Adam Partridge is selling the medal group and effects of Corporal David James Hayden R8432726 RAF, the first non-commissioned officer to ever win the Military Cross.
Hayden was awarded the MC for outstanding courage and gallantry in 2007 when 1 Squadron RAF Regiment were attacked during a patrol of the village of Al-Waki near Basra in Iraq.
Leading Aircraftman Martin Beard was fatally wounded in the firefight and Hayden instantly volunteered to rescue Beard, unaware that he had already passed away and regardless of the approximately 50 enemy combatants firing on his position. Hayden then brought Beard’s body back to safety under heavy fire, killing a Taliban soldier en route.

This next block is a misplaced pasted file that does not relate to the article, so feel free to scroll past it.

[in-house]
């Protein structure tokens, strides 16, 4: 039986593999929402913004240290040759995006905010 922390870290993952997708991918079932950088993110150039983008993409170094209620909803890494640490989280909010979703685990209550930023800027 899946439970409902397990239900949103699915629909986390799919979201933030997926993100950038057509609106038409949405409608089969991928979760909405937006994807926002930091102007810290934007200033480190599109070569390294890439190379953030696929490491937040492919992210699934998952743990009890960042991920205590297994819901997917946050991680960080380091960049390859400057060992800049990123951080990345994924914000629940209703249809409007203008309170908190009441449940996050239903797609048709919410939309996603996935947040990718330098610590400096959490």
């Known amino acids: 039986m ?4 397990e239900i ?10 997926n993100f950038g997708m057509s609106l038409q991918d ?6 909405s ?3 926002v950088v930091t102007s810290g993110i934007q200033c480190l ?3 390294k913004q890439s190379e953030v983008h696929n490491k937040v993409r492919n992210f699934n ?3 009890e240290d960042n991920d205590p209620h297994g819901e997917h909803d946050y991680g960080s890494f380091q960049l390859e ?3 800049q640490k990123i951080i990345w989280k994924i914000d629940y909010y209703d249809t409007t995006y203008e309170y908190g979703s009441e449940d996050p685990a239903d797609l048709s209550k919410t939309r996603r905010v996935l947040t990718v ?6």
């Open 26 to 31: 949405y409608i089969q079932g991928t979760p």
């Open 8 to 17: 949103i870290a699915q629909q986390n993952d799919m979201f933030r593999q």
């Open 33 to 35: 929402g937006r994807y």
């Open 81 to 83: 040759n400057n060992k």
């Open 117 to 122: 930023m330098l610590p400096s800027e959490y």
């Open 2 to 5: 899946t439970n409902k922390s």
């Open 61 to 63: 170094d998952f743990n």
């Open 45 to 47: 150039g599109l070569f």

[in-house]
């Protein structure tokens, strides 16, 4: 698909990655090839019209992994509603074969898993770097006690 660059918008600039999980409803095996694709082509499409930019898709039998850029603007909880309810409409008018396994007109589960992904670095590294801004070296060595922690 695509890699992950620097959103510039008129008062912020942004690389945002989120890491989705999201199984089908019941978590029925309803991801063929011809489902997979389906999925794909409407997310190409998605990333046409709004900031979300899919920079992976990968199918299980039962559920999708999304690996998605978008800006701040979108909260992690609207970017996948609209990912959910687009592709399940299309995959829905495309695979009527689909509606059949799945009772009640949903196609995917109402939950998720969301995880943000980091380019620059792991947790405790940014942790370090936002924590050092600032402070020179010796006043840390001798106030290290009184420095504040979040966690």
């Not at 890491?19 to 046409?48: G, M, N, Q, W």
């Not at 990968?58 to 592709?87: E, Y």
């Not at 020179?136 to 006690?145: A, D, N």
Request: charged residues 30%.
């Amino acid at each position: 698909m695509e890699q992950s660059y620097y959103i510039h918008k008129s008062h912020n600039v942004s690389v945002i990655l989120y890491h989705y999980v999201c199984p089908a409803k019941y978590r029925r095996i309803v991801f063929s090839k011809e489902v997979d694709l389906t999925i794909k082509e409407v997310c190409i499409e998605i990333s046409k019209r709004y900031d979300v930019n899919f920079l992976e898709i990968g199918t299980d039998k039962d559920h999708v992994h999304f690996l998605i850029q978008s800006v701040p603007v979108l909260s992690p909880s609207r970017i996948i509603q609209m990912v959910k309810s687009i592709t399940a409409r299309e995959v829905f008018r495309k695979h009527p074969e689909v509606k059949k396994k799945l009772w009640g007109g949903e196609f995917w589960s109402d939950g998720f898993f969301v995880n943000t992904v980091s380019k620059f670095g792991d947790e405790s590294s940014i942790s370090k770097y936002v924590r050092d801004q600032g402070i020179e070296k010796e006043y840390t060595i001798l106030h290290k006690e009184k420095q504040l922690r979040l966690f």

This MC and medal group (also including Northern Ireland and Afghanistan service) is offered with the helmet and wristwatch which Hayden wore during the encounter, his RAF Regiment belt, photographs, letters and clippings relating to the event, a copy of the Patrol Report written by Squadron Leader Jason Sutton, plus many other related items (and the medal group of Hayden’s father who served in the first Gulf War).
The single lot will be offered in the Adam Partridge September 11 auction.
Estimate on request.
This 10in (26cm) 19th century wood artist’s lay figure with articulated limbs, carved facial features and hands has a guide of £1000-2000 at Wilkinson's in Doncaster on September 6.
A strong selection of aviation memorabilia is coming up in Tennants’ Militaria and Ethnographica Sale on September 4.
This sepia vignette photograph of RFC Pilot Lieutenant William Leefe Robinson, standing before his biplane, is estimated at £100-150.